This website covers knowledge management, personal effectiveness, theory of constraints, amongst other topics. Opinions expressed here are strictly those of the owner, Jack Vinson, and those of the commenters.

The point of blogging

One of my frequent correspondents (who had better start his own blog soon!) pointed me to Cary Cooper's Blame and Shame article in the June 2006 Director Magazine.

I recently read about the increasing trend for employees to create blogs cataloguing the problems, dysfunctions and difficulties within their own companies....  So why has this form of employee blogging developed? Is it just a consequence of the technology or is it something deeper?

I didn't find anything particularly new in the article, but my friend pointed out the complete slant toward "corporate blogs are dangerous" is an overblown stance.  The article was published about a year ago, and it was in response to something Cooper had read from a blogger (Scoble, perhaps?)

The unfortunate fact is that the popular conception of blogs is that they are toys of teenagers or that they will get you fired because you will say something that the company doesn't want you to say.

Sure these kinds of blogs exist, but they aren't very interesting to me as someone interested in adding value to human interactions, adding value to businesses that want to use them. 

Sure, no one likes to admit things are going wrong.  On the other hand, things go wrong.  It's part of life.  There is Murphy's Law that reflects the deep-seated truth that things can go wrong at the worst possible time.  Rather than burying our heads in the sand, why not create a culture in which it's okay to say, "I'm working on X project, and Y just isn't happening." along with "I'm working on Z and it is going better than expected, here's why."  It's not just blogs that can help with this -- and blogs alone won't create the culture.  Cooper talks about this at the end of the piece: it's the leadership that sets the tone:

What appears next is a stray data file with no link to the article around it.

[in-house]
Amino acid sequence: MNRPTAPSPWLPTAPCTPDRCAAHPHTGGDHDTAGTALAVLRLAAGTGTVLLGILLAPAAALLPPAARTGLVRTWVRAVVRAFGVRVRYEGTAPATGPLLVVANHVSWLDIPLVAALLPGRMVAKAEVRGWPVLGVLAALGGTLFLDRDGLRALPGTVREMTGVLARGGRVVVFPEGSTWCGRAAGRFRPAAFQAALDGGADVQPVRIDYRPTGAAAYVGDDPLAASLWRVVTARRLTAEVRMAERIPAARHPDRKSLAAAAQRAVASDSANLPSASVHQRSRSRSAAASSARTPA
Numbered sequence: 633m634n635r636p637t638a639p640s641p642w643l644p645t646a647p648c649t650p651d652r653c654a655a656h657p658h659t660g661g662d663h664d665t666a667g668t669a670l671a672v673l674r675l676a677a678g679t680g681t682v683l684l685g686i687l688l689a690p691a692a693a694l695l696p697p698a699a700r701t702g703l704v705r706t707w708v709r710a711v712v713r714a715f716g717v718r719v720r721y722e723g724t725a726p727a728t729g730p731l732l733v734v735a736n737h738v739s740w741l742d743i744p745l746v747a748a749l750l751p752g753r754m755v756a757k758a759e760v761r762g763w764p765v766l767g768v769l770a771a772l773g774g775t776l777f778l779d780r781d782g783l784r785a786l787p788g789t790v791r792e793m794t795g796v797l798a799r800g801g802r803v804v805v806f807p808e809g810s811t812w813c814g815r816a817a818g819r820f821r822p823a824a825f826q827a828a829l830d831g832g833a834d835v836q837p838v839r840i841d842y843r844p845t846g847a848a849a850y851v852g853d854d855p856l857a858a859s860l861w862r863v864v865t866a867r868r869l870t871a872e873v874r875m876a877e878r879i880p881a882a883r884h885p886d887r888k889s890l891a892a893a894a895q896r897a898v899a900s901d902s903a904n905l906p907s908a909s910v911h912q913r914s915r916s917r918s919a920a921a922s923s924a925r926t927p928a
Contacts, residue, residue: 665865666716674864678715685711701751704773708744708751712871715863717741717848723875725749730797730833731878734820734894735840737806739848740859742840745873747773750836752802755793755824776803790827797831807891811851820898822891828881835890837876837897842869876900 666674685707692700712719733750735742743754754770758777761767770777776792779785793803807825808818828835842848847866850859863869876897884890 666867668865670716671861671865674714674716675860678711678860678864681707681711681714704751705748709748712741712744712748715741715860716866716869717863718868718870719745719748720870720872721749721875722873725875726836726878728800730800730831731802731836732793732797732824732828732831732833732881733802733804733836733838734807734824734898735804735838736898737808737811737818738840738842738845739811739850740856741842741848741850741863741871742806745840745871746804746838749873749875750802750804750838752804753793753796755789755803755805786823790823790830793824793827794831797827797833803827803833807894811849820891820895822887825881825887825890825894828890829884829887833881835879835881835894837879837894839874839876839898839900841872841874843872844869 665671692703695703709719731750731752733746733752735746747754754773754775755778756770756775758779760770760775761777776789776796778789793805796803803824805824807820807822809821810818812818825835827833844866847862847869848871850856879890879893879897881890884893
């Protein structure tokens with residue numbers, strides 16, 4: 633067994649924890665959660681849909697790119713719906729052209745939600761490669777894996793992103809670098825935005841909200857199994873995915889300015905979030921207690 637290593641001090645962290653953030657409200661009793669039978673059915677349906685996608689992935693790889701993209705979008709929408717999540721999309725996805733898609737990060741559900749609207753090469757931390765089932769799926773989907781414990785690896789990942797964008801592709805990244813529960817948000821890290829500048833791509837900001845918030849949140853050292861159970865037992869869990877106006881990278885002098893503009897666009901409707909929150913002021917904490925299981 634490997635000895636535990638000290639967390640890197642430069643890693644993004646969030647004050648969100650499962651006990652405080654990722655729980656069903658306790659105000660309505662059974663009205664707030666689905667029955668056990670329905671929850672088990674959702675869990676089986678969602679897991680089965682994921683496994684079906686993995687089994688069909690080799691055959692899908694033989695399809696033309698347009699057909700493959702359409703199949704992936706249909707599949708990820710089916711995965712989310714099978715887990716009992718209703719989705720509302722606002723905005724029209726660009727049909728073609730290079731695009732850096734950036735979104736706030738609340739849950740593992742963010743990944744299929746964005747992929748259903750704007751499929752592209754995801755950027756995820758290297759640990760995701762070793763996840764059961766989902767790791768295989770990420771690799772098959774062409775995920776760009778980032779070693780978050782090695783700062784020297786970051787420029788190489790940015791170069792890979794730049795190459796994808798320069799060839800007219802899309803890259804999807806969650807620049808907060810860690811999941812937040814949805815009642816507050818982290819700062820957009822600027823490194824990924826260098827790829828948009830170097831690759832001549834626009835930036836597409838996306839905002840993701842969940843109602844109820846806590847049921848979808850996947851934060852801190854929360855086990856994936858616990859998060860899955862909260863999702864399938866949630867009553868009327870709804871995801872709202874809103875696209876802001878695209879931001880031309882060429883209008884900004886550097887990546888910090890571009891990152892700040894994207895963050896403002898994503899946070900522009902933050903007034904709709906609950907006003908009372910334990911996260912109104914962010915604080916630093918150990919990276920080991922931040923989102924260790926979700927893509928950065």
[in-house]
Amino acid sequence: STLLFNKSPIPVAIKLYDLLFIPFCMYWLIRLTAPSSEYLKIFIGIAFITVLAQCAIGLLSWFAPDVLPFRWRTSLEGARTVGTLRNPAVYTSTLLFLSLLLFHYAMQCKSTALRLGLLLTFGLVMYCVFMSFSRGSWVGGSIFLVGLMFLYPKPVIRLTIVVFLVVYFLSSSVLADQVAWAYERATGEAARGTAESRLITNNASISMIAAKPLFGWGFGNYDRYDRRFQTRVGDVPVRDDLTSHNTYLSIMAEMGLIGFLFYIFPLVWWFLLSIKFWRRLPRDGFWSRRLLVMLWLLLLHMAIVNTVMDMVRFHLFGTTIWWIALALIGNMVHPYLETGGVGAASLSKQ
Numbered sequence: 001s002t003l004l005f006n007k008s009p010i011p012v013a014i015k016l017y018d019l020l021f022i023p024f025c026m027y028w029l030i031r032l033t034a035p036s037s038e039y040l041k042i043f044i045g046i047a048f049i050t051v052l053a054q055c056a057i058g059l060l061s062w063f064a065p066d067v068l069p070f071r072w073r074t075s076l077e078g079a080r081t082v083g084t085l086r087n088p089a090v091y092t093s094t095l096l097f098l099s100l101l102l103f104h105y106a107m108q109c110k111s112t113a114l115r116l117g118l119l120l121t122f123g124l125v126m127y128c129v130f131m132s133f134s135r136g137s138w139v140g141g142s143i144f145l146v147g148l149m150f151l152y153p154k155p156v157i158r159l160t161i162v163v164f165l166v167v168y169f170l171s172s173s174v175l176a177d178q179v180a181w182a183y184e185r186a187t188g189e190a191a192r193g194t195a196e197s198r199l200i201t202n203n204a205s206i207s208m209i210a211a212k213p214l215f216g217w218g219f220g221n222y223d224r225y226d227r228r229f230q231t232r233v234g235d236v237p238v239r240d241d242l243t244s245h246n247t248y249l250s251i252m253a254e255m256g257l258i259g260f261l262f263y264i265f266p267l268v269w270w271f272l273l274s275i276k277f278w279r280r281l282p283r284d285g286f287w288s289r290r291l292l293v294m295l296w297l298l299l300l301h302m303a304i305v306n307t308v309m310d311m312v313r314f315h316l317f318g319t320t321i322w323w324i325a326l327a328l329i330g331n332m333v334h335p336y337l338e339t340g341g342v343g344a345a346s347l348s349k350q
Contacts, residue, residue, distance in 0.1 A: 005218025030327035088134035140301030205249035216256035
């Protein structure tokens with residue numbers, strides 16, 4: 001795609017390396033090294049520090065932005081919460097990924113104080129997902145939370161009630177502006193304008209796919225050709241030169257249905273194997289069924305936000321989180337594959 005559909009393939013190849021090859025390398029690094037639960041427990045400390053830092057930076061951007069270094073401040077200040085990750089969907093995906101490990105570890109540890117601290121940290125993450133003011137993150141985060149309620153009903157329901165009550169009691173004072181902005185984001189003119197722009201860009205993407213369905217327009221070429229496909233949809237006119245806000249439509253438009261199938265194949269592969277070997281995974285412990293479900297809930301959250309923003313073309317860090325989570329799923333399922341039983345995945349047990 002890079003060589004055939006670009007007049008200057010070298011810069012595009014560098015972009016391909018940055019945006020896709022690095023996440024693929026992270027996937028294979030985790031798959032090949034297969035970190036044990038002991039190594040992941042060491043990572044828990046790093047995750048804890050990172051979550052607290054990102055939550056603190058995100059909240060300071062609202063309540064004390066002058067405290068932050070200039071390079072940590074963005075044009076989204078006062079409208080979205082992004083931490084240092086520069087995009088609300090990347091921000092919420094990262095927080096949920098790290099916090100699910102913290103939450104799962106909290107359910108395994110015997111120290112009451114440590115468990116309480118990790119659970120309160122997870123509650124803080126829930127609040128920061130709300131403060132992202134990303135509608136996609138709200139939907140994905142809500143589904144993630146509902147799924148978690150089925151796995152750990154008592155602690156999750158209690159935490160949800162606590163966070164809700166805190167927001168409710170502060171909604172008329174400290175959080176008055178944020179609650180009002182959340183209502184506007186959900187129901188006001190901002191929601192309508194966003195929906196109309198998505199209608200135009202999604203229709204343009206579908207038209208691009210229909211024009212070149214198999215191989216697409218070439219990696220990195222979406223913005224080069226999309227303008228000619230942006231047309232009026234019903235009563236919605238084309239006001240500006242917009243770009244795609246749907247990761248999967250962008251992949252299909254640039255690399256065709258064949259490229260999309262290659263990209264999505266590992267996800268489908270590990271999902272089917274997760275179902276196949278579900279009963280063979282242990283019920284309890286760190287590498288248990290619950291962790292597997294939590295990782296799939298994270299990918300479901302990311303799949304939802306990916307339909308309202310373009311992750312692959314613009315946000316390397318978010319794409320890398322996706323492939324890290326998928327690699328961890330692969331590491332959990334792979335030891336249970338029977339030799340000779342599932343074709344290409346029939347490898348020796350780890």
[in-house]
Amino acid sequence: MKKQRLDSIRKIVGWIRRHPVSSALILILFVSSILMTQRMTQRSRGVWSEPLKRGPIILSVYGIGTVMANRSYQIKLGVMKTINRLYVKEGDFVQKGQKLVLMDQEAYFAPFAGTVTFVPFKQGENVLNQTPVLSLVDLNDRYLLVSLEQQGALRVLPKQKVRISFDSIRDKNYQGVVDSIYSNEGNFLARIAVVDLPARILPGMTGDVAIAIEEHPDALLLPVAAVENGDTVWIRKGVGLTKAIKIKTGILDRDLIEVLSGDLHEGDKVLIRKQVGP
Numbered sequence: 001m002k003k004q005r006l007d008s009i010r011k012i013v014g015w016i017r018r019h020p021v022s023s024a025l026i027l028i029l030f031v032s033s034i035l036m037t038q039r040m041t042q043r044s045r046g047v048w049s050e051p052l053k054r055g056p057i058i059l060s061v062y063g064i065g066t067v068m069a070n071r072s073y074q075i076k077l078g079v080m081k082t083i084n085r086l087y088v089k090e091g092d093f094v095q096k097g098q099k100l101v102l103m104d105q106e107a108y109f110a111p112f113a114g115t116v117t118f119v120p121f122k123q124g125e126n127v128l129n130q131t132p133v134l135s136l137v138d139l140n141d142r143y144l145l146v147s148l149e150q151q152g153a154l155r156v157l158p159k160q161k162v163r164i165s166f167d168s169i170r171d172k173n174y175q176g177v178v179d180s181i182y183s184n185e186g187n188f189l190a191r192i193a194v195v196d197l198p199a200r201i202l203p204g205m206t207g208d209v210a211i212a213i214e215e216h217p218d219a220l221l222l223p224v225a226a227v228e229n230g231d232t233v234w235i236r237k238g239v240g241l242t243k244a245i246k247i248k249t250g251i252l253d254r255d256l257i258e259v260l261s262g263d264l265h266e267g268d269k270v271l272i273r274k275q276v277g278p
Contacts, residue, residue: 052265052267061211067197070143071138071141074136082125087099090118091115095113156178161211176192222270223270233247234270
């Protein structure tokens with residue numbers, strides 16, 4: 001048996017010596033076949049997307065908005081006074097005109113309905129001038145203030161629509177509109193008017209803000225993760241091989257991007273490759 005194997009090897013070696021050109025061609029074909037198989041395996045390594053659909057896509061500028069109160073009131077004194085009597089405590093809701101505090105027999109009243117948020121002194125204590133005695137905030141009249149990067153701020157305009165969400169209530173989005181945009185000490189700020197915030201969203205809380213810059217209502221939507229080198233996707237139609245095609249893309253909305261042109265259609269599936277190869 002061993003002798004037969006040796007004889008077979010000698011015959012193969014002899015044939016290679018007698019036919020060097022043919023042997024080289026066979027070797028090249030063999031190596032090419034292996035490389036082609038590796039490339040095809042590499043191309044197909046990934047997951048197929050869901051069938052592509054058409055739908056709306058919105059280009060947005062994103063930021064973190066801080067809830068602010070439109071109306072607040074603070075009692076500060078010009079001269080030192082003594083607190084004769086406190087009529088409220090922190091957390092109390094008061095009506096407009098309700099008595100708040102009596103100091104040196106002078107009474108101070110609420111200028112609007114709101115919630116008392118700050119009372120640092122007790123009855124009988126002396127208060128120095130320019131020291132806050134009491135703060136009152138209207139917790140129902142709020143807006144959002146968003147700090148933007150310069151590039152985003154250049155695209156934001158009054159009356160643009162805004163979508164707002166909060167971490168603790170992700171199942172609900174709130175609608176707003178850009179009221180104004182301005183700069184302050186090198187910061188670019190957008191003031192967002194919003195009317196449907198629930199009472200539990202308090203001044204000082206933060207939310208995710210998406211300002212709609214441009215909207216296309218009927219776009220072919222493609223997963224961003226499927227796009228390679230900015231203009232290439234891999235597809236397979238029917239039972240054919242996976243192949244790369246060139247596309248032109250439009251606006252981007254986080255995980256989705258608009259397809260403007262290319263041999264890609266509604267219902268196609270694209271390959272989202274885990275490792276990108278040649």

Either you create a "blame culture" or a potentially constructive "learning organisation". If we had the right leaders in our businesses, we would not need the blog, we could own up to our failures and learn from them. As Henry Ford once said, "failure is only the opportunity to begin again more intelligently".

In my view blogging is orthogonal to having the right leaders.  Having the right leaders makes all sorts of things possible.  Just imagine how much better a blogging environment; or a innovation environment; or a customer-centric environment would be with the right leadership.  Great.  But isn't it also possible to do these things without the perfect leadership?  The scale might be different or the rules around doing it might be different.  But it can still work.  And, in the case of blogging, a lot of value can be had. 

Blog internally on sensitive matters over which employees have expertise.  Blog externally to build brand and to set up a two-way street of knowledge sharing with outside experts.  Just don't assume that blogs are evil and walk away.

Strategic business blogging

Blogging in a KM class - summary